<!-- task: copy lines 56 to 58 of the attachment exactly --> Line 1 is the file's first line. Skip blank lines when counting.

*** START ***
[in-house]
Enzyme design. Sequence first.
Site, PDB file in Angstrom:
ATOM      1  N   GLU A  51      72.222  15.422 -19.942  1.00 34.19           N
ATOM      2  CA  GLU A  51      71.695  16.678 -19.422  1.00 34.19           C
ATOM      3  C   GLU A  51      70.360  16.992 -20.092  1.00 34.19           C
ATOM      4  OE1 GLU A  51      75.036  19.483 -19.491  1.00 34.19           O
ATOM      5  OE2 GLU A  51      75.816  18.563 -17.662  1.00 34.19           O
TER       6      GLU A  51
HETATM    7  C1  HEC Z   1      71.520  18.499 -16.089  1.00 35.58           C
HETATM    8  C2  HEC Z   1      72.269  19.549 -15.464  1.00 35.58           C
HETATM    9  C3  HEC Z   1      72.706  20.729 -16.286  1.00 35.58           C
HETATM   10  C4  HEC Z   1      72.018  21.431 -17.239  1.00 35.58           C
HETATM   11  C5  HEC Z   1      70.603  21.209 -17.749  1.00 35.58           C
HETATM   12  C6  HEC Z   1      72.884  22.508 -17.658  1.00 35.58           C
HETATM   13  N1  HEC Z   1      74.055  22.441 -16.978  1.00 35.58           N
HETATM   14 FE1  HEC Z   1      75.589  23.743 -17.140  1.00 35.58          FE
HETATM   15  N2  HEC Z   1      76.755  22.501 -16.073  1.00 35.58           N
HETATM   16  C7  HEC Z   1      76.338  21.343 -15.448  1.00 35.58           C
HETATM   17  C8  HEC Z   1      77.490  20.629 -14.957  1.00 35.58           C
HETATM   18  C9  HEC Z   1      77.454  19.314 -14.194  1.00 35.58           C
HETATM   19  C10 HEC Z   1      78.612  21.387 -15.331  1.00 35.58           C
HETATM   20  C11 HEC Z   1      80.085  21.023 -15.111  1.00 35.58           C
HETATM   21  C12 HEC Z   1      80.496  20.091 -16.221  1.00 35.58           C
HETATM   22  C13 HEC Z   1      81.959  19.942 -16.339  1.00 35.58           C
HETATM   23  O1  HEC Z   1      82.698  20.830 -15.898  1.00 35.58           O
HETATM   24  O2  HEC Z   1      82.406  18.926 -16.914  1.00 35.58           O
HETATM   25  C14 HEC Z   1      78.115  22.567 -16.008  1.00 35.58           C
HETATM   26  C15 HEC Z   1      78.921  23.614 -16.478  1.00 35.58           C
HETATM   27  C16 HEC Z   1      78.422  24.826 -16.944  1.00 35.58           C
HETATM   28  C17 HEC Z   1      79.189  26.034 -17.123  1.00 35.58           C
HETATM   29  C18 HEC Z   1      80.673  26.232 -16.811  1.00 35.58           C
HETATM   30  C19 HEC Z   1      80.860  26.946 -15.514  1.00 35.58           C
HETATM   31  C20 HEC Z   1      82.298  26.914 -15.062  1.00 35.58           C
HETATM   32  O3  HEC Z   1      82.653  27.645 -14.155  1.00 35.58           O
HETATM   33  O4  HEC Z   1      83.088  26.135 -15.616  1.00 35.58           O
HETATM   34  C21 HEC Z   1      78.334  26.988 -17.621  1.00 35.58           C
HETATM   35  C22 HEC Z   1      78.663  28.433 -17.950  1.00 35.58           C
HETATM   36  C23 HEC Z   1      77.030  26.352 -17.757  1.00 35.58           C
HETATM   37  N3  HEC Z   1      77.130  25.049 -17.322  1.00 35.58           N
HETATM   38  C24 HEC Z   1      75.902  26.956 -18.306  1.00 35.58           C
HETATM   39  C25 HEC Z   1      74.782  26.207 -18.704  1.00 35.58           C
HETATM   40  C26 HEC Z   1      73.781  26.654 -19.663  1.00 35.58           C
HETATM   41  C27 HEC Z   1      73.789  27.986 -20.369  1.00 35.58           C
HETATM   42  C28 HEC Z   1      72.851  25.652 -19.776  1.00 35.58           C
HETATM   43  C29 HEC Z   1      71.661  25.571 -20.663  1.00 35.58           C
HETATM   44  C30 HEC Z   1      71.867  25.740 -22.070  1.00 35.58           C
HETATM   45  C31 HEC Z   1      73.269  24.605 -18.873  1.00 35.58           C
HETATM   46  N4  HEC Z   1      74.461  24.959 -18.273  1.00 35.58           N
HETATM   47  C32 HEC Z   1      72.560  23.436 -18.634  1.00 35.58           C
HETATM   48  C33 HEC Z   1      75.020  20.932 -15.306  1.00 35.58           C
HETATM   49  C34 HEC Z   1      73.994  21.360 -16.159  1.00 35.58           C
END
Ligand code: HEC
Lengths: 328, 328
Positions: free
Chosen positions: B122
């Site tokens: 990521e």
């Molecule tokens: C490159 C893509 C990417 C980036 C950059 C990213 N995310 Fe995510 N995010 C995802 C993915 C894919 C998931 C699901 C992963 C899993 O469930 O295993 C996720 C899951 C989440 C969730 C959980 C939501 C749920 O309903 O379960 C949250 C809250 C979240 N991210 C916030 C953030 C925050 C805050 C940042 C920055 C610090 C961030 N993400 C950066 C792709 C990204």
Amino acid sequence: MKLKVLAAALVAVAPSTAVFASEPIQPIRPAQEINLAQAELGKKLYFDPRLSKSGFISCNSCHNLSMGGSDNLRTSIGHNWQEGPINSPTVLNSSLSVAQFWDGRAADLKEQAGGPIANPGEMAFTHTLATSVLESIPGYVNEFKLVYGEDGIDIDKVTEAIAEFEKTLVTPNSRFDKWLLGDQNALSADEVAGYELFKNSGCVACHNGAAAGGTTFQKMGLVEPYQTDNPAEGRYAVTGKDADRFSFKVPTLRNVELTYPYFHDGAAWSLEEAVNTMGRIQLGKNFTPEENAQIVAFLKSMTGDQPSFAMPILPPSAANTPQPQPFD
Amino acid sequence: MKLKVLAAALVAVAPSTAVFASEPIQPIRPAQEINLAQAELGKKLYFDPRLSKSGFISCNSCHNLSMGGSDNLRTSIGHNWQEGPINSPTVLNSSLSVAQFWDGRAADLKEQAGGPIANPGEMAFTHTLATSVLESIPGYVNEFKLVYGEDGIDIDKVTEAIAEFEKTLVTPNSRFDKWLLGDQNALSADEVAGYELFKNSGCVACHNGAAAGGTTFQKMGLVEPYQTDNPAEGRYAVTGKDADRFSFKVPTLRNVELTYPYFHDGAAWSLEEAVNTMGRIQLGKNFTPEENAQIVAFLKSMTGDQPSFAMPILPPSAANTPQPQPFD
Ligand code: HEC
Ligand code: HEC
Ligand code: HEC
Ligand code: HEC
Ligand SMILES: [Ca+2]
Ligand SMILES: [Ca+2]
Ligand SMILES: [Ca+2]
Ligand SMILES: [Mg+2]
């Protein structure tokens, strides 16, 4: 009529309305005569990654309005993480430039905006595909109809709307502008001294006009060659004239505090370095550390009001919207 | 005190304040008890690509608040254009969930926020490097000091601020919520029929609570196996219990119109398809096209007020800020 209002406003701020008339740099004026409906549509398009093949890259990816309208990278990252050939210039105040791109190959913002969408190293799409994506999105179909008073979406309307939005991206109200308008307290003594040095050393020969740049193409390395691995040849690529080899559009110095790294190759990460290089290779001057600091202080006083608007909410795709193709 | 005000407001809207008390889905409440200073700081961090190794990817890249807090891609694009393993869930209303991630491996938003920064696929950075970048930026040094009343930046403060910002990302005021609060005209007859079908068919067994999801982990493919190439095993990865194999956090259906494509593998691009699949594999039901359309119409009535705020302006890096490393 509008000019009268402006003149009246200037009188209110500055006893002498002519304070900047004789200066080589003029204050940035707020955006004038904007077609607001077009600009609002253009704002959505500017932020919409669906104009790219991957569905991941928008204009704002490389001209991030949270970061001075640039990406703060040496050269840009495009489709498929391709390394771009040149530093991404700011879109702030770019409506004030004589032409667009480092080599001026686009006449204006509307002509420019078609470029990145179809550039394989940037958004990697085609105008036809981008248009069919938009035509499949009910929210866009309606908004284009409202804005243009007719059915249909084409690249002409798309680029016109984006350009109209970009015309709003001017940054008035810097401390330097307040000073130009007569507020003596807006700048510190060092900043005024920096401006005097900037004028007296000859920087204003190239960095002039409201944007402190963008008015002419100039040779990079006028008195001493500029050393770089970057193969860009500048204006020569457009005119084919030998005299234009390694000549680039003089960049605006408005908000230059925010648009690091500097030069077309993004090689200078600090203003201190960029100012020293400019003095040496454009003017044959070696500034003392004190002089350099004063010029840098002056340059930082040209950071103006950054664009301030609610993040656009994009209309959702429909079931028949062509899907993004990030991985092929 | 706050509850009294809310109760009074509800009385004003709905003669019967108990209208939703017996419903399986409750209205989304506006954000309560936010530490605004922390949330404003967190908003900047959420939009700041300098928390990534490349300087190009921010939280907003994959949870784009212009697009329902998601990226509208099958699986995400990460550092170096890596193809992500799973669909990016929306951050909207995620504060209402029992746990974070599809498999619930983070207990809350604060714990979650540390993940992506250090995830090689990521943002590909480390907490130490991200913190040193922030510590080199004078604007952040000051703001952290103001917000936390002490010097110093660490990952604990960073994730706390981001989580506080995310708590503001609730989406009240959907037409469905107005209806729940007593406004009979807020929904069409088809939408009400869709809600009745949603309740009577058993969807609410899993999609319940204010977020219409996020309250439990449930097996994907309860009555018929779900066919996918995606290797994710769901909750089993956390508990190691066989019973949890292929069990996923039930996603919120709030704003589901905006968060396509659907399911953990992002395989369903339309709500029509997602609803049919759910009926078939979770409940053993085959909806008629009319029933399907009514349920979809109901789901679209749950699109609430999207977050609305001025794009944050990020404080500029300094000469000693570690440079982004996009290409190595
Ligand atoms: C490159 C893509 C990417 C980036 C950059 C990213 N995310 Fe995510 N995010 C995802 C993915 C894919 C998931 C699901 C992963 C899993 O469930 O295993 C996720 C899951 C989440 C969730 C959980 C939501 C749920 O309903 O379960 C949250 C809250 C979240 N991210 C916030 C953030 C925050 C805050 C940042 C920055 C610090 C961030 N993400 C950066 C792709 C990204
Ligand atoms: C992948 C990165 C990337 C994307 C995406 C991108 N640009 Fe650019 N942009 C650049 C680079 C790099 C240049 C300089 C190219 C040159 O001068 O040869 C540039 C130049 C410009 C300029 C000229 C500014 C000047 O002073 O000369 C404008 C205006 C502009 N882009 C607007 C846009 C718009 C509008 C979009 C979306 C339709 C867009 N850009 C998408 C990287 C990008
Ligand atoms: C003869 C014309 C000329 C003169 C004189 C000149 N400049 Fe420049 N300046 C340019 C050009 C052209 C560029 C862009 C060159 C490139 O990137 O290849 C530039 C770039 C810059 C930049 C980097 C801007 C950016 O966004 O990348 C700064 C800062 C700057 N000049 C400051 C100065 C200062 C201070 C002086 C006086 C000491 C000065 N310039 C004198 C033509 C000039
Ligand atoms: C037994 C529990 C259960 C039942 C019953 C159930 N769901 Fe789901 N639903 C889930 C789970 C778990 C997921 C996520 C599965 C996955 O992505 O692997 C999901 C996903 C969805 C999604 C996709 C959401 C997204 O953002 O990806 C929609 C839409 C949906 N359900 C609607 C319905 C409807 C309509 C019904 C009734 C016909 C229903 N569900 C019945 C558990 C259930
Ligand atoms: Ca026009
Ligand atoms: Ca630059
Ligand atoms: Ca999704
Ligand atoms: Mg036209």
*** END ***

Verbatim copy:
Positions: free
Chosen positions: B122
């Site tokens: 990521e």